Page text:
It’s all about good preparation

When I attended my first quilt retreat I brought a stack of fat quarters and a pattern from a magazine I wanted to make. My table-mate brought all her pieces pre-cut and ready to sew. We both got about the same amount of work done, but at the end of the weekend, it looked like she had made far more progress.

The very prepared quilter is now my next door neighbor, and she taught me a very valuable quilting lesson. A successful retreat is dependent on good preparation. After all, who wants to spend precious retreat time cutting and pressing when you could start right in sewing?

cloth diapers, PUL

That’s why I’ve already started my prep work even though retreat is still about a week-and-a-half away. My goal is to come home with three dozen cloth diapers for my little one. Considering I only have less than 48 hours to do it in and I’ll need to sleep for at least some of the time, that means good preparation is key.

Last night I cut out 14 PUL outer layers for my cloth diapers. For those of you not familiar with cloth diapers, or are envisioning pins and rubber pants, today’s cloth diapers have come a long way in both cuteness and functionality. There are many ways to make a cloth diaper, but I’m going with a pocket diaper, which has the fewest pieces to assemble at changing time. That should make life easier on my husband, who will be at home alone with the baby during the day and will undoubtedly be changing lots of diapers.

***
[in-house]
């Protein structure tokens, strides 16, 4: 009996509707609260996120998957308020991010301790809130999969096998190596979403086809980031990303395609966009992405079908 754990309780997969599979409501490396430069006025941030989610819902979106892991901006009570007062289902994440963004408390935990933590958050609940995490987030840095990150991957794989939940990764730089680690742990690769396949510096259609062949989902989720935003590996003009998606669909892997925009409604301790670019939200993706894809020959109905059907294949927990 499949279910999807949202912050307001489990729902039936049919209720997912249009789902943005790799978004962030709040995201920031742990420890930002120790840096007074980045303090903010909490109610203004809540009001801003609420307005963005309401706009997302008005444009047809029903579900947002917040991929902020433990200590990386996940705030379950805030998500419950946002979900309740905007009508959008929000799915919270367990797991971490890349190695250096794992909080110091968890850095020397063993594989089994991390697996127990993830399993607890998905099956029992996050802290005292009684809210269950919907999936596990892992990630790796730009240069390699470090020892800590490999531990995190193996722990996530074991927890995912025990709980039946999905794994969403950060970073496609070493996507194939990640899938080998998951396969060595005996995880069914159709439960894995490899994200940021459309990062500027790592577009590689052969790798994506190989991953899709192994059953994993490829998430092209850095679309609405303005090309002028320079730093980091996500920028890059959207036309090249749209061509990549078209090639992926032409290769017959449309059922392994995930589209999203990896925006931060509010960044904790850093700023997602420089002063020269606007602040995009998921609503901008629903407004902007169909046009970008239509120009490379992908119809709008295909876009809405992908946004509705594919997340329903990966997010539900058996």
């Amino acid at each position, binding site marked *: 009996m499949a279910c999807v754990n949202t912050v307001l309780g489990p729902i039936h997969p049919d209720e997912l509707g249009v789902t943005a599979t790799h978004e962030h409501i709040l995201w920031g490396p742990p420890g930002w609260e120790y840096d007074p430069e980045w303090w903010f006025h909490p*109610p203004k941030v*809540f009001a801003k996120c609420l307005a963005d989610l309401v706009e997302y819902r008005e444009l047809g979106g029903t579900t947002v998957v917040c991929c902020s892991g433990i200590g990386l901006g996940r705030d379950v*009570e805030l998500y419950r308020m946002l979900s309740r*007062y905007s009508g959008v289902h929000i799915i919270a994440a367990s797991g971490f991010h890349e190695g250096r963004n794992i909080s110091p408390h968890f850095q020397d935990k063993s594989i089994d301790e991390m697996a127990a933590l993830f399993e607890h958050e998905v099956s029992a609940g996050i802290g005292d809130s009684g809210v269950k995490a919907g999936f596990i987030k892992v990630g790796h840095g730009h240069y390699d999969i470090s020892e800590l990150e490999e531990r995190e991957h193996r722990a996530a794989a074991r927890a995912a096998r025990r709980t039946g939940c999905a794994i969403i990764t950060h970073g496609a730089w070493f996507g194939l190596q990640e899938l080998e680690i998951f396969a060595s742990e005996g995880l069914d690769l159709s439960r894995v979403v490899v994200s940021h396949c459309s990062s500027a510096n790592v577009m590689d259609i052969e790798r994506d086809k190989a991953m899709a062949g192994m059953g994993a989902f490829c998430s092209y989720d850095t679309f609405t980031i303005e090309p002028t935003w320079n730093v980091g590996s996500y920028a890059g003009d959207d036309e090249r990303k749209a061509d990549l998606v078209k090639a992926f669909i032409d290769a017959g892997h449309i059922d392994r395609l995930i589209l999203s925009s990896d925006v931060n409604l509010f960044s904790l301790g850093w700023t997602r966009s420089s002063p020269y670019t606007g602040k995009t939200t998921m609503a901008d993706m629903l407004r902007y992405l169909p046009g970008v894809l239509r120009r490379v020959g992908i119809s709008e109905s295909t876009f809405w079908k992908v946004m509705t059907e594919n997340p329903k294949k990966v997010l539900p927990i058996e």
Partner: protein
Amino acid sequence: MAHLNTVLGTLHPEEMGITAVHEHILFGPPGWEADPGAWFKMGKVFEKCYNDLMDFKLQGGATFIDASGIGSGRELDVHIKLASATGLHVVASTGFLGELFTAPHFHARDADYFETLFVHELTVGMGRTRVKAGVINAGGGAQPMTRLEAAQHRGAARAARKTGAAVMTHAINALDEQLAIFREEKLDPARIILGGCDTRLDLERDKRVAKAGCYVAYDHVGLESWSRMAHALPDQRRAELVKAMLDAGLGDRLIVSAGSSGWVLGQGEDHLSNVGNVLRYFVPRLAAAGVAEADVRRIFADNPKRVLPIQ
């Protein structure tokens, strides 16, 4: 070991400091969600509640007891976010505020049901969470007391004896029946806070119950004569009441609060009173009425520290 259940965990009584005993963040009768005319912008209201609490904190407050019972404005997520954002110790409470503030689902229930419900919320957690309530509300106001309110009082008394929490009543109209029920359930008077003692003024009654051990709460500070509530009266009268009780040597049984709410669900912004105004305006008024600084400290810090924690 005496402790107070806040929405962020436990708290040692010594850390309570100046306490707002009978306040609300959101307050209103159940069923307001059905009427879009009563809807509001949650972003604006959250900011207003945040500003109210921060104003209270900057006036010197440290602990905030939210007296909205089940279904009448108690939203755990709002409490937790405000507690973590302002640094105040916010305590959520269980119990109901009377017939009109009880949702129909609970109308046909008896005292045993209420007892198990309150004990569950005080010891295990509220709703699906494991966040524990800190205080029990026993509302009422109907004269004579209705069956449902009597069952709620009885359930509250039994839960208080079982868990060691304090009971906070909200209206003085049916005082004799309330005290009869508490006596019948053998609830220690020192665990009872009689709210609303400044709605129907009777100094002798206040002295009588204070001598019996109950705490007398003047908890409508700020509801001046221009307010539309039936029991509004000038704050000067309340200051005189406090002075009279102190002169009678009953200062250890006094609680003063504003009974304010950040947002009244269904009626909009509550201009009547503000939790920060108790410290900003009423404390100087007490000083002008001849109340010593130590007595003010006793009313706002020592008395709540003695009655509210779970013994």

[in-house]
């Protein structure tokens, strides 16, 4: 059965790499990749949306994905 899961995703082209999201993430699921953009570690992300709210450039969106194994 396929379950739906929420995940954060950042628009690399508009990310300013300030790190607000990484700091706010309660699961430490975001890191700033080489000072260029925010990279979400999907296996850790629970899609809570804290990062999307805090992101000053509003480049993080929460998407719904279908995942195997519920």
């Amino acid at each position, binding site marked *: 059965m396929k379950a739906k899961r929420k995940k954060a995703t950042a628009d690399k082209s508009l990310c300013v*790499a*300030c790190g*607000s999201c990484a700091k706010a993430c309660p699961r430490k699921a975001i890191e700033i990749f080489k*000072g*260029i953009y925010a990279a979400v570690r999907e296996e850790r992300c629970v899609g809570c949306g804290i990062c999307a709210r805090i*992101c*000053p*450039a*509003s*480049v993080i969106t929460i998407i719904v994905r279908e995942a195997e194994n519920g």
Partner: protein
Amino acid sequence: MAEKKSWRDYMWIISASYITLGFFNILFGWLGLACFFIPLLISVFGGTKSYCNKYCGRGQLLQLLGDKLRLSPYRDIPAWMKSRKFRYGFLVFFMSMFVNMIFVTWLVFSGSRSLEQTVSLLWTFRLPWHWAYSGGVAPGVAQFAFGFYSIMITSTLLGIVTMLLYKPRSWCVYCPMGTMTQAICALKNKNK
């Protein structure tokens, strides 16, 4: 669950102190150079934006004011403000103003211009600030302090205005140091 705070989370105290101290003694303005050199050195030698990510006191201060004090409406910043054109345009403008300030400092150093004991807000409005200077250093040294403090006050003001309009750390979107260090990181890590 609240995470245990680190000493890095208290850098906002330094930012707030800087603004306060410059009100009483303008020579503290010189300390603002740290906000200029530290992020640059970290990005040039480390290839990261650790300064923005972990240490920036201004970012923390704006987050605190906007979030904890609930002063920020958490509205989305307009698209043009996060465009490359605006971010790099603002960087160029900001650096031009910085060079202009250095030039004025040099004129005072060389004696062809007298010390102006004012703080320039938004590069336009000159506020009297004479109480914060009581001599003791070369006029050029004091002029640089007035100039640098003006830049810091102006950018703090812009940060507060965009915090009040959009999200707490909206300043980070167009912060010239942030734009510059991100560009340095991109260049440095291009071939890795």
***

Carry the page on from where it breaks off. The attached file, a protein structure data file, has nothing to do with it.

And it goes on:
You start with a layer of moisture wicking fabric, I’m using alova suede cloth, then you have an inner layer, or soaker, of absorbent fabric to hold the wetness, and lastly you have the PUL, short for polyurethane laminate which is waterproof and breathable.

The PUL is the part you see most and it comes in some prints that are just stinking adorable. The prints generally cost more than the solids, so I buy in sets to keep costs down. For every print I buy, I also get two to three coordinating solids. Now whether I can keep my sets straight once I actually start using these will be quite the test. But right now they’re just adorable.

I’ve gotten the majority of my PUL from JoAnn Fabrics, which carries the Babyville line, and, which also had plenty of other supplies you need, such as the alova suede cloth, microfiber terry cloth for the absorbent soaker layer, Velcro by the yard and even size tags.

The prices are very reasonable as well. When I decided to cloth diaper it was after reading a study that found you can save $2,000 over the time a child is in diapers by using cloth, and that’s including the cost to launder them. Now that’s with buying diapers that cost $20 or so a pop. I can make mine for about $7 each, so the cost savings is even greater, plus they’re just so darn cute when they’re done.

Next up tonight is finishing cutting out my PUL and then getting started on the alova suede cloth. After that I’d like to get all the Velcro sewed on before I go, so I can just sew them all together assembly line style once I arrive at retreat.

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